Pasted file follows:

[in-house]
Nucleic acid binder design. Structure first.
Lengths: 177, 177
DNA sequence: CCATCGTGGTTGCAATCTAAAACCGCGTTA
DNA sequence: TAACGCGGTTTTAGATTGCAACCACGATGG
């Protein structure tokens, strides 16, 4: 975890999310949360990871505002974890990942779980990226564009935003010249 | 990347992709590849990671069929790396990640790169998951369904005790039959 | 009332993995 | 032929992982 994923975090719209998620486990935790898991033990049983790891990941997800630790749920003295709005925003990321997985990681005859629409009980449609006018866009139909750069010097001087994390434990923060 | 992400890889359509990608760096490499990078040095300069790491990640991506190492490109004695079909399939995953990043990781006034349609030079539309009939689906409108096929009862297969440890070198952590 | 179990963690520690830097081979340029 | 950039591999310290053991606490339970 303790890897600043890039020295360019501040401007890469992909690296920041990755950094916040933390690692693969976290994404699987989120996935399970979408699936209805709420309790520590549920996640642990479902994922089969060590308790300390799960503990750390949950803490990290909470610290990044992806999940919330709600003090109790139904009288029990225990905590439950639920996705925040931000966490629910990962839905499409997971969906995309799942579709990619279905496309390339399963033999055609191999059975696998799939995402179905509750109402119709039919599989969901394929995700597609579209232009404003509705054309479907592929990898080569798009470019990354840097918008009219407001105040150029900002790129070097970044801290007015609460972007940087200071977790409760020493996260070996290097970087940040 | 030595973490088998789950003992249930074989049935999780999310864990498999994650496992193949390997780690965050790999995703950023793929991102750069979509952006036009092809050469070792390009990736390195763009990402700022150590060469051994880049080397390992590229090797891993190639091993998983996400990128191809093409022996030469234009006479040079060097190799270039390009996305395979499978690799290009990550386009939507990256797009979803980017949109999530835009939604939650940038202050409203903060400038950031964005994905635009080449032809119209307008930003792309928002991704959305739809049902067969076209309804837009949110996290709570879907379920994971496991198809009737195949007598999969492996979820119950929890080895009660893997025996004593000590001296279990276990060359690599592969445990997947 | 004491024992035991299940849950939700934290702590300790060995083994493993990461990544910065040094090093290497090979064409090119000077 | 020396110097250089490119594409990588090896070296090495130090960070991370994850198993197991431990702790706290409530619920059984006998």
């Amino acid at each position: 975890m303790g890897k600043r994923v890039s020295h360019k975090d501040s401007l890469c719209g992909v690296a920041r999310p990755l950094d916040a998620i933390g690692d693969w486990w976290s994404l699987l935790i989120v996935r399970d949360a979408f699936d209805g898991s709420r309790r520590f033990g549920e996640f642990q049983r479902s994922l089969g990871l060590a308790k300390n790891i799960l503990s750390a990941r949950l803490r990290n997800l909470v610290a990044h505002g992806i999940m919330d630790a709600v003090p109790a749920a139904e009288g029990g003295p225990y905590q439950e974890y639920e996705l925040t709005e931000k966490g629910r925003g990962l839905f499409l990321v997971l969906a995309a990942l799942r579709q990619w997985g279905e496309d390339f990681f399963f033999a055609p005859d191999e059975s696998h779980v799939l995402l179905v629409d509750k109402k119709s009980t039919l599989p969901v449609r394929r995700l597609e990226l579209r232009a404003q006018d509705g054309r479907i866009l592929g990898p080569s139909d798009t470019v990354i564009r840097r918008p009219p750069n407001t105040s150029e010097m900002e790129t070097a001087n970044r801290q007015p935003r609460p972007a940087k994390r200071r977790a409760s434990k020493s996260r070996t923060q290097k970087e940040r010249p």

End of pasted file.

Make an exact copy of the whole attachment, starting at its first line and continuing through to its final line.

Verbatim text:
[in-house]
Nucleic acid binder design. Structure first.
Lengths: 177, 177
DNA sequence: CCATCGTGGTTGCAATCTAAAACCGCGTTA
DNA sequence: TAACGCGGTTTTAGATTGCAACCACGATGG
């Protein structure tokens, strides 16, 4: 975890999310949360990871505002974890990942779980990226564009935003010249 | 990347992709590849990671069929790396990640790169998951369904005790039959 | 009332993995 | 032929992982 994923975090719209998620486990935790898991033990049983790891990941997800630790749920003295709005925003990321997985990681005859629409009980449609006018866009139909750069010097001087994390434990923060 | 992400890889359509990608760096490499990078040095300069790491990640991506190492490109004695079909399939995953990043990781006034349609030079539309009939689906409108096929009862297969440890070198952590 | 179990963690520690830097081979340029 | 950039591999310290053991606490339970 303790890897600043890039020295360019501040401007890469992909690296920041990755950094916040933390690692693969976290994404699987989120996935399970979408699936209805709420309790520590549920996640642990479902994922089969060590308790300390799960503990750390949950803490990290909470610290990044992806999940919330709600003090109790139904009288029990225990905590439950639920996705925040931000966490629910990962839905499409997971969906995309799942579709990619279905496309390339399963033999055609191999059975696998799939995402179905509750109402119709039919599989969901394929995700597609579209232009404003509705054309479907592929990898080569798009470019990354840097918008009219407001105040150029900002790129070097970044801290007015609460972007940087200071977790409760020493996260070996290097970087940040 | 030595973490088998789950003992249930074989049935999780999310864990498999994650496992193949390997780690965050790999995703950023793929991102750069979509952006036009092809050469070792390009990736390195763009990402700022150590060469051994880049080397390992590229090797891993190639091993998983996400990128191809093409022996030469234009006479040079060097190799270039390009996305395979499978690799290009990550386009939507990256797009979803980017949109999530835009939604939650940038202050409203903060400038950031964005994905635009080449032809119209307008930003792309928002991704959305739809049902067969076209309804837009949110996290709570879907379920994971496991198809009737195949007598999969492996979820119950929890080895009660893997025996004593000590001296279990276990060359690599592969445990997947 | 004491024992035991299940849950939700934290702590300790060995083994493993990461990544910065040094090093290497090979064409090119000077 | 020396110097250089490119594409990588090896070296090495130090960070991370994850198993197991431990702790706290409530619920059984006998």
């Amino acid at each position: 975890m303790g890897k600043r994923v890039s020295h360019k975090d501040s401007l890469c719209g992909v690296a920041r999310p990755l950094d916040a998620i933390g690692d693969w486990w976290s994404l699987l935790i989120v996935r399970d949360a979408f699936d209805g898991s709420r309790r520590f033990g549920e996640f642990q049983r479902s994922l089969g990871l060590a308790k300390n790891i799960l503990s750390a990941r949950l803490r990290n997800l909470v610290a990044h505002g992806i999940m919330d630790a709600v003090p109790a749920a139904e009288g029990g003295p225990y905590q439950e974890y639920e996705l925040t709005e931000k966490g629910r925003g990962l839905f499409l990321v997971l969906a995309a990942l799942r579709q990619w997985g279905e496309d390339f990681f399963f033999a055609p005859d191999e059975s696998h779980v799939l995402l179905v629409d509750k109402k119709s009980t039919l599989p969901v449609r394929r995700l597609e990226l579209r232009a404003q006018d509705g054309r479907i866009l592929g990898p080569s139909d798009t470019v990354i564009r840097r918008p009219p750069n407001t105040s150029e010097m900002e790129t070097a001087n970044r801290q007015p935003r609460p972007a940087k994390r200071r977790a409760s434990k020493s996260r070996t923060q290097k970087e940040r010249p």